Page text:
Mt. Flume (4328)
Trail: Lincoln Woods Tr. to Osseo Tr.
Date: Sunday 9/23/00
Attending: Gary, Shawn, Ralph, Gabe, Simone and John
Miles: 11 Time: 7.25 hours round trip
AMC huts, / shelters / camping site:
Weather: Cloudy, 60’s at the base, 30’s on the summit, rain the return trip.
“Climb steadily, slowly, enjoy each passing moment; and the view from the summit will serve as a fitting climax to the journey.” Joe Porcino
How could someone have asked for more? All of our favorite hiking partners, Gary Gilchrest, Shawn White, Ralph Chicoine, Gabe, Simone & me. A wonderful trail! An awesome summit! Temps in the low 60’s, COLD driving wind and rain on the peak, (we were all prepared for this), and a gentle shower for most of the return hike; Topped with a high cloud ceiling, affording us interesting views of all of the surrounding mountains.
Another spectacular hike in the Whites. #38. The Osseo trail is an absolute must hike trail. Nowhere in the Whites is there another trail quite so impeccably well maintained. What a pleasure to hike. Shawn hiked the trail in his running sneakers and Simone hiked the entire trail in her hiking sandals. I want to be careful that I don’t imply that this hike as an easy hike. Osseo climbs steadily along it’s 4.1 mile length, and the elevation is substantial, 3150ft. The total round trip mileage is at the upper limits of our day hike capabilities, 11 miles, but this trail has a way of making all those things as pleasant as any trail in the Whites. At every location where the trail could present a section of difficult footing, there is a rock staircase. And where other trails would have you rock scrambling through eroded bolder paths, this trail has lengths of wooden staircases. I can’t confirm this, but I do not contest it; it was published on the internet that between rock & wooden steps, this trail has 396 stairs. All of which lead you to one of the most striking summit peaks in the Whites. The Flume is an awesome peak open 360 degrees. The summit affords one of the most unique views of the Franconia range and the Pemigewassett wilderness; and the short ledge section to the peak is fantastic!
The cloud ceiling was just hovering at the tops of the high peaks and
the views were limited to 30 miles under a dark sky, but we loved it. The wind was near 40Mph and it started to rain just after we got to the summit. Our return trip was in and out of a moderate rain, but the hike back was another treat. Other than the rock & wood steps the rest of the trail is soft forest floor. We hiked as speedily and comfortably as we have on any trail we’ve ever hiked. The AMC guide estimated 4.25 hours to the summit, we hiked it in 3.45 and the return trip took just over 3 hours. 11 miles, in 7hrs and 15min. with a 15 minute stay on the summit and a few much needed breaks along the way. (Not bad for trail snails.)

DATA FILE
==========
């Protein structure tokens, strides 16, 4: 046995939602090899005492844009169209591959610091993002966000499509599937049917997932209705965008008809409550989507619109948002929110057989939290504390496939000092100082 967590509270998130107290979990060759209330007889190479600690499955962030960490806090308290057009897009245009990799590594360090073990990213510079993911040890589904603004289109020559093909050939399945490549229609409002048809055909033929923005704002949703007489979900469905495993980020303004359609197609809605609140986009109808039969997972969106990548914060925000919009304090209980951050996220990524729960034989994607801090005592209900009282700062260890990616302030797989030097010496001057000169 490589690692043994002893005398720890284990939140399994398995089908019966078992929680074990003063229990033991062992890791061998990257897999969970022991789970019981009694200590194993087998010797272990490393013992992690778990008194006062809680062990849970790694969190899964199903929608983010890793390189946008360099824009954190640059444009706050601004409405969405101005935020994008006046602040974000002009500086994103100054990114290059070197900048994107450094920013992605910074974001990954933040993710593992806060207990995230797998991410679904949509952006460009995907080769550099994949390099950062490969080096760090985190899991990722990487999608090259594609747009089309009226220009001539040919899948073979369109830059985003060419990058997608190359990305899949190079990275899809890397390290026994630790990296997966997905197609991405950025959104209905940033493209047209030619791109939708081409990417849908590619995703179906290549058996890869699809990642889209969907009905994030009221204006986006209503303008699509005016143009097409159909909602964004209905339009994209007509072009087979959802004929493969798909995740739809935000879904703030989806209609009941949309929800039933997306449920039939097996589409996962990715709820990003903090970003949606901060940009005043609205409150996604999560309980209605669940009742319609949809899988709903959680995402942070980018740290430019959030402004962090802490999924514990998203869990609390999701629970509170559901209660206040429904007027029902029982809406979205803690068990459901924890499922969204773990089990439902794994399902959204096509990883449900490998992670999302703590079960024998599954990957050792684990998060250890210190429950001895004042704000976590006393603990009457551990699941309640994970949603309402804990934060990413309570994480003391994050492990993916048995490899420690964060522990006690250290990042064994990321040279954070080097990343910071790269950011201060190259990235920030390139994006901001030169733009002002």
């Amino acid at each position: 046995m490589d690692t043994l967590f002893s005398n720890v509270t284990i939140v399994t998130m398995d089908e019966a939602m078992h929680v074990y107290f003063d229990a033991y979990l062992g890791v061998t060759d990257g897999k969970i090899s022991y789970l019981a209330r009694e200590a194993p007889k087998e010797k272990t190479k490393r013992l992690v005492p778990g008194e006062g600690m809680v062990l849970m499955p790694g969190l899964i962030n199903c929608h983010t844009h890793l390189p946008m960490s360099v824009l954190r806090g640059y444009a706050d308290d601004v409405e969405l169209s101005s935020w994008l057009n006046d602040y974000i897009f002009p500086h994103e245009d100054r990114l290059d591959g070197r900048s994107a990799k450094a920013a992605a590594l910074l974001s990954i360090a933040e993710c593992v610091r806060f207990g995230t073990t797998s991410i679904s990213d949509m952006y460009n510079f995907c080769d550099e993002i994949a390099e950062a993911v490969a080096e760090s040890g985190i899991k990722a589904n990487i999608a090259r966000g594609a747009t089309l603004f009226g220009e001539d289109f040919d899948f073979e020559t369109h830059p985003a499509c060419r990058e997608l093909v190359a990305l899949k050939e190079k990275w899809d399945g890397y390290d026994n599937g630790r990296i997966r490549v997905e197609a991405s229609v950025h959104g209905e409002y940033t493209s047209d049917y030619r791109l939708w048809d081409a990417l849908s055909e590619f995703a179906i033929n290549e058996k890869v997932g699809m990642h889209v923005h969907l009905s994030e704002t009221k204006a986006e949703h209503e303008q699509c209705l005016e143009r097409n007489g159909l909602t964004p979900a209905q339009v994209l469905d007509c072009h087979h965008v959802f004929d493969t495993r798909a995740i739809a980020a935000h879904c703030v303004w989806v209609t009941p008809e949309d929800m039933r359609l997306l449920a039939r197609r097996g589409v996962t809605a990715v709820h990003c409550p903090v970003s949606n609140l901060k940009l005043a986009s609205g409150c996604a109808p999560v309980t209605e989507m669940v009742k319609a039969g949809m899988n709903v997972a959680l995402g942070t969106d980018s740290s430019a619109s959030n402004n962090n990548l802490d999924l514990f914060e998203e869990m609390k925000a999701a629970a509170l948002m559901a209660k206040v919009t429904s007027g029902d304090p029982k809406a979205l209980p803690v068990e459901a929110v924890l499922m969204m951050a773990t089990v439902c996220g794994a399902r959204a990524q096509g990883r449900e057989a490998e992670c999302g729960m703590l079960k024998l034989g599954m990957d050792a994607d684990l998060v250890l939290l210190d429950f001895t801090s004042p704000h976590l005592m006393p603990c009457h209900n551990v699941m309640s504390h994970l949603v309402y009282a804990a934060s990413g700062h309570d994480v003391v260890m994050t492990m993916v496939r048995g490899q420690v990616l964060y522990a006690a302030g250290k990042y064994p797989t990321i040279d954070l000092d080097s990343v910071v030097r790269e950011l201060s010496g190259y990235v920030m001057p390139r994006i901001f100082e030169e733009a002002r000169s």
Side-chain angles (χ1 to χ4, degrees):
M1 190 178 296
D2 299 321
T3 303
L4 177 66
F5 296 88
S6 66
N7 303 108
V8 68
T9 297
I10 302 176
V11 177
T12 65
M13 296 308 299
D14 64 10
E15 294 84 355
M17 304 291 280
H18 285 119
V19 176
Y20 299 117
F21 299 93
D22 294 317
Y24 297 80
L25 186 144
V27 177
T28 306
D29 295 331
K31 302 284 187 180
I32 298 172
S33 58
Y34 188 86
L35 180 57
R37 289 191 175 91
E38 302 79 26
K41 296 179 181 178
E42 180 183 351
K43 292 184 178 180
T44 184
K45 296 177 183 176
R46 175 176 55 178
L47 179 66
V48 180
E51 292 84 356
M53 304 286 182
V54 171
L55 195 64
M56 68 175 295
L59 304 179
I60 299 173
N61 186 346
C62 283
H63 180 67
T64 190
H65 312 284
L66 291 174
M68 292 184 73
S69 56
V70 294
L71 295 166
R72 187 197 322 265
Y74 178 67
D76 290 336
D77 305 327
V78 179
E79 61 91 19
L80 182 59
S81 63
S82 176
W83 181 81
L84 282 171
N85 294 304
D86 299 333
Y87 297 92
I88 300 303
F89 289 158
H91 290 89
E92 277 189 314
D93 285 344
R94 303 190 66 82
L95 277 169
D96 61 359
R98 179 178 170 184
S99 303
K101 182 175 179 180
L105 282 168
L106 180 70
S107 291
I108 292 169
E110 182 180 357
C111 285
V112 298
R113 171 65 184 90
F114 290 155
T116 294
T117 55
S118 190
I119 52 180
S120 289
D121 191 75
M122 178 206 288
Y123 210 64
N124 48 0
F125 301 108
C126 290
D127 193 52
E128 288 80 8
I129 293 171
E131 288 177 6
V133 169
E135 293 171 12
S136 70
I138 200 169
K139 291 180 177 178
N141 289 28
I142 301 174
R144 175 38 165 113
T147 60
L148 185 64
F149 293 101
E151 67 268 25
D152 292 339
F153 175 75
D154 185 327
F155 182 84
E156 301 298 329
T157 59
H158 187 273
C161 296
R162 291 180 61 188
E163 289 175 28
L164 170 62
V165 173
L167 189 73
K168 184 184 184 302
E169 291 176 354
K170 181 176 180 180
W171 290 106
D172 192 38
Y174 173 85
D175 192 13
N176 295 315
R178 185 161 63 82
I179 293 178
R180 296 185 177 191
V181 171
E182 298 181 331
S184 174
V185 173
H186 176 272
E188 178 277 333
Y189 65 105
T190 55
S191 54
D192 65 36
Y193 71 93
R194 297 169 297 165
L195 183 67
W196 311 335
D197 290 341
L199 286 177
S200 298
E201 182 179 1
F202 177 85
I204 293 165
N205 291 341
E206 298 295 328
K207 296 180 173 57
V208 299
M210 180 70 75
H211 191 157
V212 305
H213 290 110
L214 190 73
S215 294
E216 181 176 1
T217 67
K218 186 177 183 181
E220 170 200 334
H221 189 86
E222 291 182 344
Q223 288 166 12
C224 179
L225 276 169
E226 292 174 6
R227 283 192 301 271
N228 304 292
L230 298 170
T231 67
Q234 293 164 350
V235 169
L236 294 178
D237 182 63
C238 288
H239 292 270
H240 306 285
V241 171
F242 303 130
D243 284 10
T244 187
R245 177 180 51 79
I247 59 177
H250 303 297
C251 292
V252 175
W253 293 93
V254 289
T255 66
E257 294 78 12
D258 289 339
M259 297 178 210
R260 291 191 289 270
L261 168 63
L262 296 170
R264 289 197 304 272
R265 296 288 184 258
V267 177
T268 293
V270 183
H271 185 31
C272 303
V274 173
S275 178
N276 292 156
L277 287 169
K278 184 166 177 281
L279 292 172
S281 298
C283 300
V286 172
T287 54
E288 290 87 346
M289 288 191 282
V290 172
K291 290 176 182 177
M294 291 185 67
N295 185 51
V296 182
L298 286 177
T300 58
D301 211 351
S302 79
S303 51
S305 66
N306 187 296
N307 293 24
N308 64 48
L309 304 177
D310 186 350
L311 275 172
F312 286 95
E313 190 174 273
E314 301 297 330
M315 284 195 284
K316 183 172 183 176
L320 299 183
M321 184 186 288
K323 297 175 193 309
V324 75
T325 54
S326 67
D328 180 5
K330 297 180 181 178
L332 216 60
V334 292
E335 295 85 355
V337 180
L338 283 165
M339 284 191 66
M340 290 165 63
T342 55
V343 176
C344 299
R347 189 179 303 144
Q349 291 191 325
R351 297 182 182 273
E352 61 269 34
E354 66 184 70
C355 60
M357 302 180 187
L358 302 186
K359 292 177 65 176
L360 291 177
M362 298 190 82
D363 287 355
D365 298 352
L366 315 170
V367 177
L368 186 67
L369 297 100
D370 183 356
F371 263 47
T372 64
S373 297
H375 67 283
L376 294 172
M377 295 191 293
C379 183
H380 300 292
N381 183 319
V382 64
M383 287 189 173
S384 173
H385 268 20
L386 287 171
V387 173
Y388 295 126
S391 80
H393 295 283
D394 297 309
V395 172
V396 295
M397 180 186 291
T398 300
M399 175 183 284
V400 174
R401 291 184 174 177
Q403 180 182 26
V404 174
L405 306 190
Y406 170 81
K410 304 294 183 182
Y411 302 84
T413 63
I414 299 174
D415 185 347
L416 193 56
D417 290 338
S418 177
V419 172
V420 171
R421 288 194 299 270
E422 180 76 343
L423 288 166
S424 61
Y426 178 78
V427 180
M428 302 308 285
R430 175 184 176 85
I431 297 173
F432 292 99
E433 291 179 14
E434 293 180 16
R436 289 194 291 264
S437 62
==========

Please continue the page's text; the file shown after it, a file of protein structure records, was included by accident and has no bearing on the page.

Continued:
A note for future hikes. Although the Osseo trail follows very close along a river, it does so from several hundred feet above it so filtering water along the way is a difficult proposition. We did it, but the trip to the river is down and up a long steep embankment. (Best to pack all the fluid you’ll need for the entire trip.) There is a nice but illegal site (right on the side of the trail) within 1/2 mile from the summit of the peak. It looks very heavily used and recent people that used this trail didn’t know much about low impact camping.
A note of interest: We noticed a berry we’ve never seen before. It formed a cluster of 15 to 20 white glossy berries at the top of the plant. Each berry was on it’s own thick red stem about 1 inch long, branching out from the main trunk of the 2ft. tall plant. Each branch contained a berry, and was about 1/2 inch away from the next stem up the trunk. According to “The Audubon Society’s Guide to Wildflowers”, this is the “very poisonous” White Baneberry.
A comment by Gary about “Why Hike?” He loves the social aspect of the hike. I agree! In what other situation can people get together and have continual conversations for hours on end, about anything, everything, and nothing in particular at all? Where it’s just as OK to not say anything as it is to say something. Where you can share thoughts that might never elsewhere surface. Where a nucleus group share in a physical challenge, place their safety and even life in the partnership formed at the trailhead. Where personal goals, even shared goals, are second to the groups needs. Where else can holes in someone’s sweater, pain in someone’s feet, and the reward for one of the hardest days you’ve faced is a 3 hour ride in the stinky’ist 20 cubic feet known to man, make you a brotherhood. It’s good stuff. Where else can you share day old cake kept in the trunk of a car, eaten with your hands while standing in a parking lot and feel like the luckiest people alive!